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LONG WALK, SHORT PIER
BY LINDA RETTSTATT
Blaire Copeland is told she’s going through ‘the change.’ Between hot flashes and mood swings, she tries to figure out what she’s changing into. At fifty-five, she thought she’d slip quietly into menopause. She was so wrong. Her mother tells her it’s her time–time to stop doing and start listening to her inner voice that will guide her through this change. Confused, but trusting her mother, Blaire heads south to Eventide, her family home on Isle of Hope, Georgia, to reflect on what it might mean to change and to take a long walk off a short pier. Where will she land?
BY LINDA RETTSTATT
When I first started writing, I wrote women’s fiction. But I soon realized that some elements of romance kept creeping into my stories. Then I wrote a contemporary romance and learned why—writing romance is fun. My heroines generally tend to be beyond the traditional contemporary romance age and, as I get older, so do they. I discovered a group of authors who write ‘seasoned’ romance. Now, you might associate the term with hot and spicy, but that’s not necessarily the case. Though some of the more mature heroes and heroines still have a fire blazing in their furnaces. I found that, as a woman of a certain age (and no, I’m not saying what age), I can better relate to seasoned characters, women and men who have been around the block a time or two, generally involved in a second-chance romance. Technically, seasoned romance refers to romance with characters age thirty-five and older. Mine tend to be in the older (forties or fifties) category.
In my newest book, Long Walk, Short Pier, I’ve blended my two writing loves—women’s fiction and seasoned romance. And I had so darned much fun writing this book. Seasoned characters have so much to offer a writer. They’ve lived a little, and they have baggage that they prefer to think of as ‘experience.’ That doesn’t mean they can’t be surprised or that they can’t fall in love again.
Such is the case with Blaire Copeland. At fifty-five, she is told she’s going through ‘the change.’ Between hot flashes and mood swings, she tries to figure out what she’s changing into. Her friends have already made this transition, so Blaire thought she’d slipped quietly into menopause without notice. She was so wrong. She’s divorced and also feeling a pull to step away from her life and examine all these changes. Her father’s favorite phrase had been, ‘Some people should take a long walk off a short pier.’ Blaire now thinks this could apply to her, that she needs to take a long walk—or run—and drop off the end of a metaphorical pier to see where she lands.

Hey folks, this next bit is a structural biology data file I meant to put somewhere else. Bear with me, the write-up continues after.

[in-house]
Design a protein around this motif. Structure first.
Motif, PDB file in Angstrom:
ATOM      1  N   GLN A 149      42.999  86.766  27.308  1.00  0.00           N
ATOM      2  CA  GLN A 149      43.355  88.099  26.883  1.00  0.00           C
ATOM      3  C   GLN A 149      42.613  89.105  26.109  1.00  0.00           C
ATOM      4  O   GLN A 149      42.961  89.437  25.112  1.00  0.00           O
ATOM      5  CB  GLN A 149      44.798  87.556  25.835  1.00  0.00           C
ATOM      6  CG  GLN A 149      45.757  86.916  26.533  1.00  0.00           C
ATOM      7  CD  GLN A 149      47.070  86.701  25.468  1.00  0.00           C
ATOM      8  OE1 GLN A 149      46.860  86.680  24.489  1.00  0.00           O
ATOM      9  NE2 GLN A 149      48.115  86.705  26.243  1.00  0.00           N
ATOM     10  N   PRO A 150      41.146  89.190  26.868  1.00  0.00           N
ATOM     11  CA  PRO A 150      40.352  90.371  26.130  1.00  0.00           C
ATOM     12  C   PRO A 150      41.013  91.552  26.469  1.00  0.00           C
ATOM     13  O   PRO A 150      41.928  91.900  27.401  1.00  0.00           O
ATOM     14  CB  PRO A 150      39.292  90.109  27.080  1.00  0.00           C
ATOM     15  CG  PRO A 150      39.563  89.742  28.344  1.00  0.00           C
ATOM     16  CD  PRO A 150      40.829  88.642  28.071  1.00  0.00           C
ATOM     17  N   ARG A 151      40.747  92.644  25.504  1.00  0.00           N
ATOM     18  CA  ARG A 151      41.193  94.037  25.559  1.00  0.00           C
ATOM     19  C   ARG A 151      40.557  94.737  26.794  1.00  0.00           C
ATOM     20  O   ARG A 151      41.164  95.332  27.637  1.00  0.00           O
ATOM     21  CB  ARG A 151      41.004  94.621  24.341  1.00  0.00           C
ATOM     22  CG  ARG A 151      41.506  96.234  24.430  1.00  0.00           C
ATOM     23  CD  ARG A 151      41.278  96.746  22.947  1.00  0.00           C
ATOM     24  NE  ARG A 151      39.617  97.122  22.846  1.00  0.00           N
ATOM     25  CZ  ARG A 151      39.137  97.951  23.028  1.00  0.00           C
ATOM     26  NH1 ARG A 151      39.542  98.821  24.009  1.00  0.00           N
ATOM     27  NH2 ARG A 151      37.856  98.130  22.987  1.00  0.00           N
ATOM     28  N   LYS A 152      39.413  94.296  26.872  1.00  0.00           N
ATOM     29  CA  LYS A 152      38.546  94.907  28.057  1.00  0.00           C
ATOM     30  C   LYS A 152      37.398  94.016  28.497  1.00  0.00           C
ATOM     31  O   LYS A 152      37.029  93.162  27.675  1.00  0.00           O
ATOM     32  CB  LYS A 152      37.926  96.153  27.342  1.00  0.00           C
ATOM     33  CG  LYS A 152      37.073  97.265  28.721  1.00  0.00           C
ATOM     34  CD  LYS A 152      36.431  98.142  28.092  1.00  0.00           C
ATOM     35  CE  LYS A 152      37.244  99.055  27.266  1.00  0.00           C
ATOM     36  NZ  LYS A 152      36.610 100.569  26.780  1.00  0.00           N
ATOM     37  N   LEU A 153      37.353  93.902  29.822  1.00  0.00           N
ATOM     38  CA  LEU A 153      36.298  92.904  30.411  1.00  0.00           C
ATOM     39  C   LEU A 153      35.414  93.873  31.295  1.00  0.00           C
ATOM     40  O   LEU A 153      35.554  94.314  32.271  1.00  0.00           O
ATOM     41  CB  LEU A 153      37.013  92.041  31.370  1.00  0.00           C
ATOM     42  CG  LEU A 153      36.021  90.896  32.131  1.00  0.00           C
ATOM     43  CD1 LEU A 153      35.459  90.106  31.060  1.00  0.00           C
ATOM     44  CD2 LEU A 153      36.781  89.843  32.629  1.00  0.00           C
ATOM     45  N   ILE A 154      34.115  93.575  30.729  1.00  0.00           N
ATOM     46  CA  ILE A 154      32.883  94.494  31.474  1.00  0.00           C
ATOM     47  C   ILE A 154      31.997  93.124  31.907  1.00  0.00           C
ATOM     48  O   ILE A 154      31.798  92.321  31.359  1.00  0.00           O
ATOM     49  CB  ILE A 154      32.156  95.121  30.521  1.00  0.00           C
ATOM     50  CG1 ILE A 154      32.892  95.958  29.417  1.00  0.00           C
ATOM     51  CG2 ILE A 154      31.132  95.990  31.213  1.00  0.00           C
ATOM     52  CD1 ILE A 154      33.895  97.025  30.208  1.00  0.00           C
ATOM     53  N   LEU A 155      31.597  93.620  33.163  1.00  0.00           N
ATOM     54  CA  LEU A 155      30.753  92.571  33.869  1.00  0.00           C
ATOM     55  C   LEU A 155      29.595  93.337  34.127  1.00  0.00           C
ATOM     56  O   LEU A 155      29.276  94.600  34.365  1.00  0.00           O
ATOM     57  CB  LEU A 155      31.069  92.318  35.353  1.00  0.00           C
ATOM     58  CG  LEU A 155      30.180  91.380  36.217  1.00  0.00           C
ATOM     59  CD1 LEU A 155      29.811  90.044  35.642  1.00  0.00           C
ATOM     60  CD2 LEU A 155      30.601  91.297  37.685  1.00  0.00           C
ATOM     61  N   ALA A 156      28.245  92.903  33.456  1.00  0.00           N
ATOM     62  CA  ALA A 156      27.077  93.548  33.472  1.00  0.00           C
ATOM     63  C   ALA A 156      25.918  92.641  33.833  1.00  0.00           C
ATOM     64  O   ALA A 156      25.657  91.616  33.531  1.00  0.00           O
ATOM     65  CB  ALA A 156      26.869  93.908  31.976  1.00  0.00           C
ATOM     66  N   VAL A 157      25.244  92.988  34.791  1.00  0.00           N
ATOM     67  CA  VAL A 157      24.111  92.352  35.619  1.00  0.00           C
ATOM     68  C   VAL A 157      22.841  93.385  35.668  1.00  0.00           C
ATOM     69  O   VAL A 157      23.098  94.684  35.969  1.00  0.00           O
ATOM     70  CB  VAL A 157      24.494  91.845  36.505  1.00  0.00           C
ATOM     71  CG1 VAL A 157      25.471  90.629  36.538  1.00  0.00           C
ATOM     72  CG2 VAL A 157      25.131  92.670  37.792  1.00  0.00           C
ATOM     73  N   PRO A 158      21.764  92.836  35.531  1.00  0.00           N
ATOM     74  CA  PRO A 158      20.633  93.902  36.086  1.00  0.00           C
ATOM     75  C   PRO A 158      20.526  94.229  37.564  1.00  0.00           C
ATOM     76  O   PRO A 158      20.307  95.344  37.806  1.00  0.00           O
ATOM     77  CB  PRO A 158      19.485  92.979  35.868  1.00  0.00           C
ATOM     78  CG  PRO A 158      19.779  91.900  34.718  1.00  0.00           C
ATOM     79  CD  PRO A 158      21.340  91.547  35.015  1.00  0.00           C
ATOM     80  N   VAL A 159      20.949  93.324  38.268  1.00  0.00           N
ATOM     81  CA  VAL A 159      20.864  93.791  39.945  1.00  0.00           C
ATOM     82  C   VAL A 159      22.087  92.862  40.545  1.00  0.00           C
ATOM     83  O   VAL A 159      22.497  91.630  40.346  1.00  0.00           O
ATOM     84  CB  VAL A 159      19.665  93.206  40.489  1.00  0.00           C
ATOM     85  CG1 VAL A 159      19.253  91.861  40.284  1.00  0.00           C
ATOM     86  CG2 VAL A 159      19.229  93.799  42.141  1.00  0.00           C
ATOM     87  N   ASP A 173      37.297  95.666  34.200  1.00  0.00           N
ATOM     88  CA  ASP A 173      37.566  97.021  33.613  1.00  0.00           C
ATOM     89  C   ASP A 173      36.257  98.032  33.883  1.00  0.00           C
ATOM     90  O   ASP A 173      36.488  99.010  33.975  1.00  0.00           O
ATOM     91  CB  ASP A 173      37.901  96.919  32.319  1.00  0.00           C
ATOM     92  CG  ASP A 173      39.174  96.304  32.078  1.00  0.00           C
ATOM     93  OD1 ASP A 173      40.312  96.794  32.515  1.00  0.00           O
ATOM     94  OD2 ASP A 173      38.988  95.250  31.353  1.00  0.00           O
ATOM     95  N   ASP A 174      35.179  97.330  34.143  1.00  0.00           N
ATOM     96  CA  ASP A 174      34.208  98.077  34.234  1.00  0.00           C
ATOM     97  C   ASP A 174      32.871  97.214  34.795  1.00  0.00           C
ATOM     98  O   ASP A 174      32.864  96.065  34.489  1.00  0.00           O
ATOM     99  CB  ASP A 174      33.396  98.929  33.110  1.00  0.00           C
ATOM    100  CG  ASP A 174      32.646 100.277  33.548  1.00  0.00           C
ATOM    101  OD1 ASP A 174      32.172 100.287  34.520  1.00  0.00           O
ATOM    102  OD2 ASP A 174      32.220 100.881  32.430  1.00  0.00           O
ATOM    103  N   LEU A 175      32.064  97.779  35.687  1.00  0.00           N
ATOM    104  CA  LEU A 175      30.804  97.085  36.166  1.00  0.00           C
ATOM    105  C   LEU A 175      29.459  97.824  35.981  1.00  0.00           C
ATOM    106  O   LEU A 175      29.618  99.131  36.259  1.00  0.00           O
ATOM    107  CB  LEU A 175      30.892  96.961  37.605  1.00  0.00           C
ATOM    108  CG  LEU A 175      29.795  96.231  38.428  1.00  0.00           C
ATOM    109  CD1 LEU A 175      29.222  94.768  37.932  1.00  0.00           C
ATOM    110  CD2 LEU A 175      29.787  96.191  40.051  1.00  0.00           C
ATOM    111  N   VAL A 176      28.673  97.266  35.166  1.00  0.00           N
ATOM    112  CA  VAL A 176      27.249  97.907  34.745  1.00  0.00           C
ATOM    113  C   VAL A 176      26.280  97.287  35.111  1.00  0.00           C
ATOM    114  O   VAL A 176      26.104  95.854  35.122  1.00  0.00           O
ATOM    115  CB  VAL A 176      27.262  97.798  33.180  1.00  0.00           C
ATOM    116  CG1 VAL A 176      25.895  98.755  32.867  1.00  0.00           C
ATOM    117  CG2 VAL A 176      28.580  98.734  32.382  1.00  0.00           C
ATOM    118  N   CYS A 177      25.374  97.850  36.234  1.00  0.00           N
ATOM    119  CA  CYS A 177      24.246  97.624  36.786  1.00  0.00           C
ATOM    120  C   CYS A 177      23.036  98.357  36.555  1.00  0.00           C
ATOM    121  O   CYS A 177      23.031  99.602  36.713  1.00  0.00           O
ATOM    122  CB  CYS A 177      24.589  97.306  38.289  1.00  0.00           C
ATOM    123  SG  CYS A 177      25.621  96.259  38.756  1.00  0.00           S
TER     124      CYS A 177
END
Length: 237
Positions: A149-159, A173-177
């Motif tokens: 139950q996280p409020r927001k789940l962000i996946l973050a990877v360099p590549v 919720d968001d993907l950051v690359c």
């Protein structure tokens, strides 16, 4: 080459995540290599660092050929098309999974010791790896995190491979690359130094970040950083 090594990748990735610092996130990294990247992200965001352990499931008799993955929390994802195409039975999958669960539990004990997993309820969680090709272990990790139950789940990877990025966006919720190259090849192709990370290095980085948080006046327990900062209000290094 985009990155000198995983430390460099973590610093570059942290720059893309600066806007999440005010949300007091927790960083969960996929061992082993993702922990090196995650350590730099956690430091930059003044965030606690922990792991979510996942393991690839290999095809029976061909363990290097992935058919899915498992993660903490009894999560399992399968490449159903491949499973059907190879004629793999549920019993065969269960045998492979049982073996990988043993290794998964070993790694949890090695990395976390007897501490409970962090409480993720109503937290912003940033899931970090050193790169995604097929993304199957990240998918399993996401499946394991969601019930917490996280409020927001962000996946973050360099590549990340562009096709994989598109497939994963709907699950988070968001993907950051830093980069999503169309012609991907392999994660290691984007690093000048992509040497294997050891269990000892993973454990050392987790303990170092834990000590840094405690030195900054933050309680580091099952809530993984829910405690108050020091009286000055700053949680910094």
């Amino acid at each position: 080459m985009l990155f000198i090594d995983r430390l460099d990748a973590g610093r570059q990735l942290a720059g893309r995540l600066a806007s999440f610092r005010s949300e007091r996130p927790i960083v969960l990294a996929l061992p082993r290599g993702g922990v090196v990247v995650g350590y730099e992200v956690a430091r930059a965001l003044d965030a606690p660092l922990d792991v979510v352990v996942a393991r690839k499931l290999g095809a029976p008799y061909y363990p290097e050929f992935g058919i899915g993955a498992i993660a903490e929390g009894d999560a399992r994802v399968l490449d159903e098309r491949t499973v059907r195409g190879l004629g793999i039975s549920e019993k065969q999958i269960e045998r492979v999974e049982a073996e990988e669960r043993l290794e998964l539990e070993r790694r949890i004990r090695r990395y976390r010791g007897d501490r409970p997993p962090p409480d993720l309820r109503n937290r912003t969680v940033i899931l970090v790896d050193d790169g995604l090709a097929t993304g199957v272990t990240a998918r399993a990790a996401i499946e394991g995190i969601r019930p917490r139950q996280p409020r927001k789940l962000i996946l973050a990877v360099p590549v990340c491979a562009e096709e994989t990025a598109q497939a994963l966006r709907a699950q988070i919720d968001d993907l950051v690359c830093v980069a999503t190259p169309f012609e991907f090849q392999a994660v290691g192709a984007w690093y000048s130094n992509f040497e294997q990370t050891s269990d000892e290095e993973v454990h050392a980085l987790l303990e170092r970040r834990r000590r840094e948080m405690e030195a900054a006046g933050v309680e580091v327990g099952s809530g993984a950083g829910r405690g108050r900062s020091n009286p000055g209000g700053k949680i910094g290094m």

Her mother tells her it’s her time—time to stop doing and start listening to her inner voice that will guide her through this change. Confused, but trusting her mother’s wisdom, Blaire heads south to Eventide, her family home on Isle of Hope, Georgia, to reflect on what it might mean to change—and to take a long walk or a flying leap off a short pier. The solitude she anticipates is not to be had. She finds a single mom of two—the caretaker’s fiancée and children—living in the house. She is also reunited with Davis Rembert, the boy she once fantasized about marrying, and the attraction has not died. If she thought the hot flashes were going to consume her, they were barely a spark compared to the heat Davis reignites.